In exemplary embodiments comprising more than one inner cover layer, either the inner mantle or the outer mantle comprises a highly neutralized ionomer material, such as a highly neutralized ethylene copolymer or terpolymer. In further exemplary embodiments comprising a single mantle layer, the mantle comprises a highly neutralized ionomer material, such as a highly neutralized ethylene copolymer or terpolymer. In further embodiments, the ionomer is neutralized to 80% or more. These thermoplastic materials produce a relatively soft, low compression inner mantle with high resilience. In other embodiments, the ionomer has been modified with a fatty acid, such as stearic acid, oleic acid, or metal stearate/oleate additive. It may also have a starting material that is a terpolymer or a copolymer. In such embodiments, ethylene acrylic acid, or methacrylate, and ethylene acrylates maybe used as the starting material. The inner mantle has a Shore D hardness of from about 30 to about 75, including from about 50 to about 70.
In exemplary embodiments comprising more than one inner layer, either the inner mantle or outer mantle or skin comprises ionomers or ionomer blends. The other mantle or skin has a high flex modulus. Additionally, the ionomer outer mantle or skin adheres well to the inner mantle and the polyurethane/polyurea cover.
In exemplary embodiments, the polyurethane/polyurea cover comprises a thermoset material. The cover can be produced by cast or reaction injection molding (RIM). The cover has a Shore B hardness of from about 20 to about 95 including from about 60 to about 90.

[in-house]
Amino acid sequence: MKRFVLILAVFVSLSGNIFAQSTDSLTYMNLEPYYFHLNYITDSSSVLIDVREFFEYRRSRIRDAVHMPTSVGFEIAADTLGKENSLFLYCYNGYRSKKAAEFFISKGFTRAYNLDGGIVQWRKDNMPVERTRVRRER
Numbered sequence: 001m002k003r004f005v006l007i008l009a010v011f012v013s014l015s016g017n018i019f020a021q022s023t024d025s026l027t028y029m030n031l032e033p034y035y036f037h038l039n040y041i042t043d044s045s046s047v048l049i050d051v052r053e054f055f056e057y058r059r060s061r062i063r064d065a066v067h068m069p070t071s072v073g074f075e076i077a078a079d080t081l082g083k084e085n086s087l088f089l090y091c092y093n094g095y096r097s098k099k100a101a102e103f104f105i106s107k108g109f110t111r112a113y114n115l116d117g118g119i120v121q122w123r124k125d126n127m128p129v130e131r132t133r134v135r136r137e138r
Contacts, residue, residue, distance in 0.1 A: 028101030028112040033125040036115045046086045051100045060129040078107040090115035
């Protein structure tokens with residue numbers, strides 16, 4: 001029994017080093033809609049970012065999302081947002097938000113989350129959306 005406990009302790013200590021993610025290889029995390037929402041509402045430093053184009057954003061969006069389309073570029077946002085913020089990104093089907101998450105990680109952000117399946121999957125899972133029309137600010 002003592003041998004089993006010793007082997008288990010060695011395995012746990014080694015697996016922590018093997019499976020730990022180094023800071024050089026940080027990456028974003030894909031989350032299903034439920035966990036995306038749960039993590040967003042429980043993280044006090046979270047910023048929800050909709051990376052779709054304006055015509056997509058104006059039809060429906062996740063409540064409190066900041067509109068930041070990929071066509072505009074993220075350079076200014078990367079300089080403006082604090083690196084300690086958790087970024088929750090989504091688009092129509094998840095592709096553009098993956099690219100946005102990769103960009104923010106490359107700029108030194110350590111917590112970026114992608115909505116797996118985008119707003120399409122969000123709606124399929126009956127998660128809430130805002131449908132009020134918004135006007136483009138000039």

Having briefly described the present invention, the above and further objects, features and advantages thereof will be recognized by those skilled in the pertinent art from the following detailed description of the invention when taken in conjunction with the accompanying drawings.
Disclosed herein, in various embodiments, are multi-layered golf balls having improved structural configurations and characteristics. The balls exhibit low spin when struck by a driver off the tee and high initial velocity resulting in increased distance. Furthermore, the balls produce high spin around the green when struck with a high lofted club. These are characteristics that are generally desirable to skilled golfers, i.e., low driver spin off the tee, and high spin and enhanced playability green-side. The balls also exhibit excellent processing and durability characteristics.
A more complete understanding of the compositions, products, processes and apparatuses disclosed herein can be obtained by reference to the accompanying drawings. These figures are merely schematic representations based on convenience and the present development, and are, therefore, not intended to indicate relative size and dimensions of the golf balls and/or components thereof.
Although specific terms are used in the following description for the sake of clarity, these terms are intended to refer only to the particular structure of the embodiments selected for illustration in the drawings, and are not intended to define or limit the scope of the disclosure. In the drawings and the following description below, it is to be understood that like numeric designations refer to component of like function.